The softshell layer is probably the most confusing layer of the entire layering system. Softshells are wind and water resistant (not waterproof) as well as highly breathable. For climbers and mountaineers, softshells are the action layer when weather conditions are good to fair. Softshell pants and jackets come in many different thicknesses and weights. If you are primarily going to be backcountry skiing in the winter, a thicker softshell will provide more warmth and weather protection. If summer-time mountaineering and alpine climbing is more your flavor, a thinner softshell will keep you from overheating, but still will provide adequate protection from wind and light precipitation. Materials in softshell can be a stretch-woven material, or a light windproof outer layer with a hung wicking inner liner. Most thicker, warmer softshells will have a light brushed layer on the interior while thinner softshells generally do not.
Waterproof Shell Jacket / Pant
The waterproof shell layer is the layer that you hope stays in your pack and will not be needed. If the weather warrants using this layer, you want to make sure that if fits over the other layers comfortably. Waterproof, breathable shells come in different weights and thicknesses. Thicker shells (3-ply) will be more durable, but generally are heavier than thinner, lighter weight (2-ply) shells. If your activity requires you to wear a shell layer a lot, or while climbing technical terrain in adverse conditions, a thicker shell will be more durable and will serve you well. If there is a chance that you will not even need to put on a shell for your trip, are climbing less technical terrain, a lighter shell would be the ideal choice as it will be less weight in your pack if unused.
The insulated jacket is the part of the layering system that when you put it on, you will instantly feel warm and cozy. The best type of fill for an insulated jacket will vary depending on where you are climbing, and what type of weather conditions you may encounter. If cold (below freezing) or dry conditions are what you expect, then goose, or duck down fill will be ideal. Down provides the best warmth to weight ratio, but does not insulate well if it becomes damp. For cool (freezing and above) or damp conditions a synthetic fill will be best suited since dampness affects synthetic insulation less than down, allowing heat to be retained even when wet. In cold environments it is not uncommon to wear your insulated jacket on top of all of your other upper layers, so this belay jacket style insulated jacket will need to be oversized to fit comfortably and preferably have a more durable outer fabric to take the wear and tear. For times when moisture is a concern, the insulated jacket should be able to fit comfortably under your shell layer to protect it from getting wet. The weight and thickness of insulated jackets vary widely. You will want to choose the weight and thickness that will be the most versatile to you throughout the year.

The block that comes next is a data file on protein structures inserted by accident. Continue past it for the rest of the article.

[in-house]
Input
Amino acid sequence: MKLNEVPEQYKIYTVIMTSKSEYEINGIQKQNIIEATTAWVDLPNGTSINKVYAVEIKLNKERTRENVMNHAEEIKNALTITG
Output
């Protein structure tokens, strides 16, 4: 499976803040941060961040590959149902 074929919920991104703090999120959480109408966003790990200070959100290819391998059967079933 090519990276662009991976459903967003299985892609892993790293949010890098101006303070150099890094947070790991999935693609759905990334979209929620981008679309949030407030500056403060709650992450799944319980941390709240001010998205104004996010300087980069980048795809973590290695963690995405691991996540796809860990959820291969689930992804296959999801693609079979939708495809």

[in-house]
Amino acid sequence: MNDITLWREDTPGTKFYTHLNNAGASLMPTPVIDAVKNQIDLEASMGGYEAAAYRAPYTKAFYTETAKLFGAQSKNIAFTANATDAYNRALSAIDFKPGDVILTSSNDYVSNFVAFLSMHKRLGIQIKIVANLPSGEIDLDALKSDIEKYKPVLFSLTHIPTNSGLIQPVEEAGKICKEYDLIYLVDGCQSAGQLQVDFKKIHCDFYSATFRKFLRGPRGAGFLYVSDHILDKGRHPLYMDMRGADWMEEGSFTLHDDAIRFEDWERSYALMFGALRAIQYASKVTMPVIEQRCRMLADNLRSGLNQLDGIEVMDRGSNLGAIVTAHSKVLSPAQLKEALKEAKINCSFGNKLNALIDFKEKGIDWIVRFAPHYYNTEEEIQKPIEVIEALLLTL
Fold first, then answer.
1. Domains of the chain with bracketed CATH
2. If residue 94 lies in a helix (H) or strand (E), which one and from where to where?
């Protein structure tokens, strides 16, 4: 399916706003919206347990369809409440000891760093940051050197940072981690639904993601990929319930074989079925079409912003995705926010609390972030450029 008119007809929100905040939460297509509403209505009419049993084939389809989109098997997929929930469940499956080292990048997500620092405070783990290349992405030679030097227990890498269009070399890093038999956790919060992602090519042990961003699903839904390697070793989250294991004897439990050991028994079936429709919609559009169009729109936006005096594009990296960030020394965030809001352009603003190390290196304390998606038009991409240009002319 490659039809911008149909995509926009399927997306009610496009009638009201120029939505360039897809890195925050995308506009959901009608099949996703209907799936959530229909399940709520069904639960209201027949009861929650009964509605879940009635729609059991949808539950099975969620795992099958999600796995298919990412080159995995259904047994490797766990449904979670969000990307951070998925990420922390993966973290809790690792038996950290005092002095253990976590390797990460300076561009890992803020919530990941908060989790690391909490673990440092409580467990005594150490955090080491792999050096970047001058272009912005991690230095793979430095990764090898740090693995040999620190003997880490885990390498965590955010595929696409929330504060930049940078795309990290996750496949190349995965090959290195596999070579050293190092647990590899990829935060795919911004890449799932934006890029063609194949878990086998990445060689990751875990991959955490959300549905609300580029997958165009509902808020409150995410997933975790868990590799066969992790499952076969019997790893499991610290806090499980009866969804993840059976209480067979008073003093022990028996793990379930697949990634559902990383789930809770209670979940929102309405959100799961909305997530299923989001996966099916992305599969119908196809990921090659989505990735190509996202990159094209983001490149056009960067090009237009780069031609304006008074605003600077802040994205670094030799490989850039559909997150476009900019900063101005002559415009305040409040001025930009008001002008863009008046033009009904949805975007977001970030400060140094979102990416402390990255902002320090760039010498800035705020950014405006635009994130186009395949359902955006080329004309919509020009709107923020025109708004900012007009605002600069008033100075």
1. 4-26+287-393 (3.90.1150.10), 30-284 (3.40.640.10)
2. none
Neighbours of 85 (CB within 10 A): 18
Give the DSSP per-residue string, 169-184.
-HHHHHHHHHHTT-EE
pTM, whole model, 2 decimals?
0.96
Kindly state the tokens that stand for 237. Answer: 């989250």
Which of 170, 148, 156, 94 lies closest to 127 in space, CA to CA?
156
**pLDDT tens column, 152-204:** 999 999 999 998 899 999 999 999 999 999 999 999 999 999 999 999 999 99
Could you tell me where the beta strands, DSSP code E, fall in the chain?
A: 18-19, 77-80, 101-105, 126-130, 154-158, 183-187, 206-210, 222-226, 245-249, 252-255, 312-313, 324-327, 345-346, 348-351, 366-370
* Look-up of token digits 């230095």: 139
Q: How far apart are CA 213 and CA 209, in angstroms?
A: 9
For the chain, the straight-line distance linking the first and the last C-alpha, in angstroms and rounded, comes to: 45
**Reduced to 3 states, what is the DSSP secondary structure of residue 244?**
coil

The perfect layering system is the one that works well for the individual. Adjustments should be made to fit the conditions you will be encountering as well as taking in to account of how warm or cold your body tends to run. Regardless of whether you are a hiker, climber or skier this layering system will be versatile and work well throughout the year in your backcountry travels.